Friday, October 24, 2014

‘LU’ trademarked

  • Published: November 12th, 2013

Lipscomb relinquishes their ‘LU’ logo

The interlocking L and U logo was the center of a legal issue between Liberty University and Lipscomb University when Lipscomb started using the “LU” combination in their logo in 2011.

“The issue was not only about the closeness of the logo, but about the use of the letters ‘LU’ in connection with higher education,” David Corry, Liberty’s general counsel, said. “Liberty University has the exclusive trademark on that.”

Lipscomb, a private Christian university located in Nashville, Tenn., designed the new logo when they came across a need for a shorter graphic, according to Deby Samuels, vice president of Lipscomb’s Communications and Marketing. They conducted a trademark search, which came back clear at the time.

Liberty later discovered Lipscomb’s similar logo in December 2012, Corry said. Upon noticing the improper use of the “LU,” Liberty sent a letter to Lipscomb, which began a cordial discussion.

“We explained that we needed to police the unauthorized use of our trademarks or risk losing trademark protection,” Corry said. “We offered a free license for Lipscomb to use ‘LU’ in certain ways and with certain colors and negotiated the terms of that over several months.”

According to Ronald Kennedy, the senior vice president of marketing, the interlocking L and U logo officially became the trademark of Liberty March 1, 2013.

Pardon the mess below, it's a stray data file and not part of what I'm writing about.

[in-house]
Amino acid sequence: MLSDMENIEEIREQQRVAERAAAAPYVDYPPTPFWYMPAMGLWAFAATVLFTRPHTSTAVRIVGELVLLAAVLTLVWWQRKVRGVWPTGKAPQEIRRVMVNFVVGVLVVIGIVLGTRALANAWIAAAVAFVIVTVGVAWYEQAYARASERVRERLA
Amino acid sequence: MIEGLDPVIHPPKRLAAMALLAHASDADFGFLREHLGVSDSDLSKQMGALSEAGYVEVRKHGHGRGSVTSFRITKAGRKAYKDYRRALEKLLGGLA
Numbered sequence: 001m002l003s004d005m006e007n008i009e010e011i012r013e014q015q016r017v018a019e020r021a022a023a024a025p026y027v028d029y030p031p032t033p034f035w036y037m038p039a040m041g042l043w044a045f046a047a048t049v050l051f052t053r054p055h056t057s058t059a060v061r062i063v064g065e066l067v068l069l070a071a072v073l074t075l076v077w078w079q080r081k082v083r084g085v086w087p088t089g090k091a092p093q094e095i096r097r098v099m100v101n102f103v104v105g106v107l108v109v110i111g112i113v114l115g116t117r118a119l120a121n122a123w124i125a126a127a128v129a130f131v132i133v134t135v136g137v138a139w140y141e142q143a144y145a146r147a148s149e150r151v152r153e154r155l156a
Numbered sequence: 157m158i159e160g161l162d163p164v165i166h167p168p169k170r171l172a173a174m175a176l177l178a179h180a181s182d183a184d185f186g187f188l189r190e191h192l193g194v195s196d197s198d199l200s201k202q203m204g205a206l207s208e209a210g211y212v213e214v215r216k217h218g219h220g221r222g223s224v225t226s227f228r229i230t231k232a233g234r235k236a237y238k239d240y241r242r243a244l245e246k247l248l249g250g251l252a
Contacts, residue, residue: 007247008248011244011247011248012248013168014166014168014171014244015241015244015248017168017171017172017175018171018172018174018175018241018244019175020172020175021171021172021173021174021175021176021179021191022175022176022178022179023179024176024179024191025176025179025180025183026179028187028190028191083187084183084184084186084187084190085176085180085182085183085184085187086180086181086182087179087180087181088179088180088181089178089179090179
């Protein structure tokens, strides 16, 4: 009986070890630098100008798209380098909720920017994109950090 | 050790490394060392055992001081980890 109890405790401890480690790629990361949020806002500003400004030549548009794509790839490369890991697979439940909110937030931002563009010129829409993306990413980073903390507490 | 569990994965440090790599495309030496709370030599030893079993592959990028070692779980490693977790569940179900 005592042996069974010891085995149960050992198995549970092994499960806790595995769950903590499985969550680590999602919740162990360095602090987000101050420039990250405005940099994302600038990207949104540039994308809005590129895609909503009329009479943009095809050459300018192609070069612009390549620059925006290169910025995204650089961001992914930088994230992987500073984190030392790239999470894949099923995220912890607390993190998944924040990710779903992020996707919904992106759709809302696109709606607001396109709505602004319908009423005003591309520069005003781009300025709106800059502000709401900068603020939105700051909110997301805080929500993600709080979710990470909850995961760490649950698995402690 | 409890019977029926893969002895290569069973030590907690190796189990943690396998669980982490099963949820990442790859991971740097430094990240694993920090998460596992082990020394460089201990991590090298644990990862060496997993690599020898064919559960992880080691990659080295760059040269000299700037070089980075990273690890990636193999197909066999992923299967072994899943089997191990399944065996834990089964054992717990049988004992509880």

“There were multiple university marks that were refined to modernize the brand without straying too far from the brand equity the university had already established with their logos,” Kennedy said.

President Jerry Falwell, Jr. stated in his brand update announcement on Liberty’s website why the enhanced “LU” design is important to distinguishing Liberty from other schools.

“Because other universities could also claim ‘LU’ as their initials, we opted to emphasize our name over our monogram,” Falwell said. “Now, in light of our explosive growth and expanding national prominence, we feel it is time to adopt the custom of other major universities in allowing our initials to speak for themselves … When people hear of ‘LU,’ they will think of Liberty University.”

Samuels explained that if the situation was based solely around the use of the logo design, it would have been adjusted much more quickly.

According to Corry, Lipscomb decided to discontinue any further use of the logo “LU,” which was an acceptable resolution for Liberty.

“Where we can, we have eliminated it immediately, such as on websites and other quick-to-fix locations,” Samuels said. “On things such as wearables, Liberty has agreed to let us sell through on those.”

Although Lipscomb cannot present their ideas for their new logo design yet, they do know that it will not be based on the letters “LU,” according to Samuels.

“We are simply using our athletic ‘Lipscomb’ logo at the moment,” Samuels said. “The ‘LU’ format was not the majority player in our athletic identity graphics.”

According to Samuels, Lipscomb’s brand has been “Lipscomb” for more than 122 years, and they have barely ever referred to themselves as “LU.”

“Lipscomb University is bigger than a logo and is a name and an institution that is unique,” Samuels said.

However, according to Samuels, several of their supporters are disappointed and do not understand how the letters can be trademarked.

“But our Christian mission here is much bigger, much richer and much more exciting than spending time trying to figure this one out,” Samuels said. “We move on

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